A meta-analysis of 3 observational studies, selected on the basis of very stringent criteria, on the effect of oseltamivir on mortality in seasonal or avian (H5N1) influenza indicates that neuraminidase inhibitors are effective (24).
ITT evaluation revealed no significant effect on rate or duration of hospitalization for either neuraminidase inhibitors or amantadine.
Do antiviral drugs affect influenza-related complications?
While point estimates in most evaluations do indicate that neuraminidase inhibitors effectively reduce influenza-related complications, statistically significant differences for individual neuraminidase inhibitors were not always seen (Tables 2 and 3) (15, 21, 25). Only one meta-analysis for oseltamivir in adults with no comorbidities found a significant reduction in reported cases of pneumonia (NNT: 89 [50; 232]) (15). Reduced use of antibiotics (as reported in some double-blind trials) can at best be interpreted as a surrogate parameter for fewer bacterial complications.
An additional meta-analysis of 11 RCTs of oseltamivir treatment in a total of 3908 patients, which also included data from unpublished trials (26), showed an absolute risk reduction for respiratory diseases (mostly bronchitis) requiring antibiotic treatment of 3.42% (relative risk reduction: 37%; NNT: 20). However, bronchitis is not a serious complication and does not usually require antibiotic treatment.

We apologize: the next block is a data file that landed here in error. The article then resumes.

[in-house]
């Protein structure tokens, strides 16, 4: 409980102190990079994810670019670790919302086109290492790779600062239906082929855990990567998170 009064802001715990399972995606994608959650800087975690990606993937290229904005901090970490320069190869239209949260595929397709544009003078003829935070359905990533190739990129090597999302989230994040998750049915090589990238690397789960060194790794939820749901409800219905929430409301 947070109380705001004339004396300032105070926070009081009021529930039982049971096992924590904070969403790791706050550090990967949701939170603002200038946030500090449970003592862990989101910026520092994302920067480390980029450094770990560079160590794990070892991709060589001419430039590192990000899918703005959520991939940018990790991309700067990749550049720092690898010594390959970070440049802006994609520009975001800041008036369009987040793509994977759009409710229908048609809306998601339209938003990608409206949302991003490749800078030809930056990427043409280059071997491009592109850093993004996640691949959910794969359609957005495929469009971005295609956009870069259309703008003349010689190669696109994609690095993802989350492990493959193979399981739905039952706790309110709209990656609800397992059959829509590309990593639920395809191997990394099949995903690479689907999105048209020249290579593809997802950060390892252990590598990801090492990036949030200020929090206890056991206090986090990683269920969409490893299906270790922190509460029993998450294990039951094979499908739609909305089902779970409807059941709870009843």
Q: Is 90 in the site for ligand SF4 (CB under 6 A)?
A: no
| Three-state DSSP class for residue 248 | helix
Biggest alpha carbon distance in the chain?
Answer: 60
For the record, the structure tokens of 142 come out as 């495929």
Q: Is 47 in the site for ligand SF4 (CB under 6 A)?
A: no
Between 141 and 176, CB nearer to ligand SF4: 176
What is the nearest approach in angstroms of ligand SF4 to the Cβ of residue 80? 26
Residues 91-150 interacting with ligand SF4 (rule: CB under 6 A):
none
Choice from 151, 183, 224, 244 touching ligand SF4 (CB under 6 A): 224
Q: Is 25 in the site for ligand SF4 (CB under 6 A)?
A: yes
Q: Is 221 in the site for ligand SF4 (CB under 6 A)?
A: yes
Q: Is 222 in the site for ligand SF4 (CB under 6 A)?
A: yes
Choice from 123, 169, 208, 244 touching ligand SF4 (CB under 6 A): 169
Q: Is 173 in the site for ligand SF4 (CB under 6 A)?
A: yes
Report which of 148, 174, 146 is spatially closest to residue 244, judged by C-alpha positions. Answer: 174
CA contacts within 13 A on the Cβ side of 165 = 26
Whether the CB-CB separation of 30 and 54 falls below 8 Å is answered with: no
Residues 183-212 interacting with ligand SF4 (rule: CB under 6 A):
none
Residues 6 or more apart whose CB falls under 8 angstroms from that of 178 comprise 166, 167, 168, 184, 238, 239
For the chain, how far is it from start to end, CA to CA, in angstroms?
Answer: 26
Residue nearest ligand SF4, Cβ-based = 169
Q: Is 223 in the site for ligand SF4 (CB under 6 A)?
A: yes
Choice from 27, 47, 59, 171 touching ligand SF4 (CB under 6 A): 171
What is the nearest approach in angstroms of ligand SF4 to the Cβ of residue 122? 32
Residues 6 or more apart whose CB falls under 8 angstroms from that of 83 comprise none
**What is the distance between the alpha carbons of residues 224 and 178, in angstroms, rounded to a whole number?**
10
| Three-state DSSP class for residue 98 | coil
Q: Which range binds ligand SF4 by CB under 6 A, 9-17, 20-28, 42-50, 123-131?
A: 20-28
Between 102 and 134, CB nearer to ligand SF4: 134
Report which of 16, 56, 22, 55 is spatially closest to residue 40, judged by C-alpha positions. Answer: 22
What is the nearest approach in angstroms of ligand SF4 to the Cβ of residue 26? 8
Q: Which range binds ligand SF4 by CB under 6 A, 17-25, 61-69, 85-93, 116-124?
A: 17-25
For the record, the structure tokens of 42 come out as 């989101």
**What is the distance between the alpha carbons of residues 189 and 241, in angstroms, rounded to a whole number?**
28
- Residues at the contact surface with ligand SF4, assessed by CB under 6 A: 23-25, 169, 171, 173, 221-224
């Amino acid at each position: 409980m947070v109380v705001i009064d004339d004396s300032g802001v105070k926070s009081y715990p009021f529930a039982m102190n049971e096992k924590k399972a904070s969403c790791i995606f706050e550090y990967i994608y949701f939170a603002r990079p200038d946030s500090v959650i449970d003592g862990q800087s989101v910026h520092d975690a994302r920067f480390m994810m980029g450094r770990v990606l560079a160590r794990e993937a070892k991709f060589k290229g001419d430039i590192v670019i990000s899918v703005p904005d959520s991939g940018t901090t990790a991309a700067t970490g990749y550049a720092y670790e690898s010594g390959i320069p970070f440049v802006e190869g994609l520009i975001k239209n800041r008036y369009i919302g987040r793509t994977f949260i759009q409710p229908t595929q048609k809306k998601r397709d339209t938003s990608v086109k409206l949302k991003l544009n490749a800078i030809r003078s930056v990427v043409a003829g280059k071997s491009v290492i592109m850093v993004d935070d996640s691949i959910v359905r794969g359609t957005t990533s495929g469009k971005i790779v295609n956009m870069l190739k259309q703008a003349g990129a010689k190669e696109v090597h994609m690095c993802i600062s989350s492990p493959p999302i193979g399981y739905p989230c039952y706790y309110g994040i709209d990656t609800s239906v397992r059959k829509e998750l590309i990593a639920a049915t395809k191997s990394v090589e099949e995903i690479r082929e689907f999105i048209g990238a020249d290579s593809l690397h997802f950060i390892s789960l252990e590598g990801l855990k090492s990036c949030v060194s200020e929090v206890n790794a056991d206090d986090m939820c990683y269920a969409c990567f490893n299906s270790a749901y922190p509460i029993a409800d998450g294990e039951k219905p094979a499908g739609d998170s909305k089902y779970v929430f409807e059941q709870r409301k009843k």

No data has been published on the effect of amantadine on complications.
Two large meta-analyses on hospitalized patients from the A(H1N1)pdm09 pandemic yielded no clear findings regarding the use of neuraminidase inhibitors and pneumonia (27, 28). Overall, the data from the available studies do not yet definitively show that antiviral drugs have an effect on relevant influenza-related complications.
Do antiviral drugs affect viral shedding?
Reduced viral shedding after 24 or 48 hours was found for study participants with no comorbidities receiving neuraminidase inhibitors (29, 30). As there is no evidence as yet that shortened or reduced viral shedding also reduces transmission to contact persons, the clinical relevance remains questionable.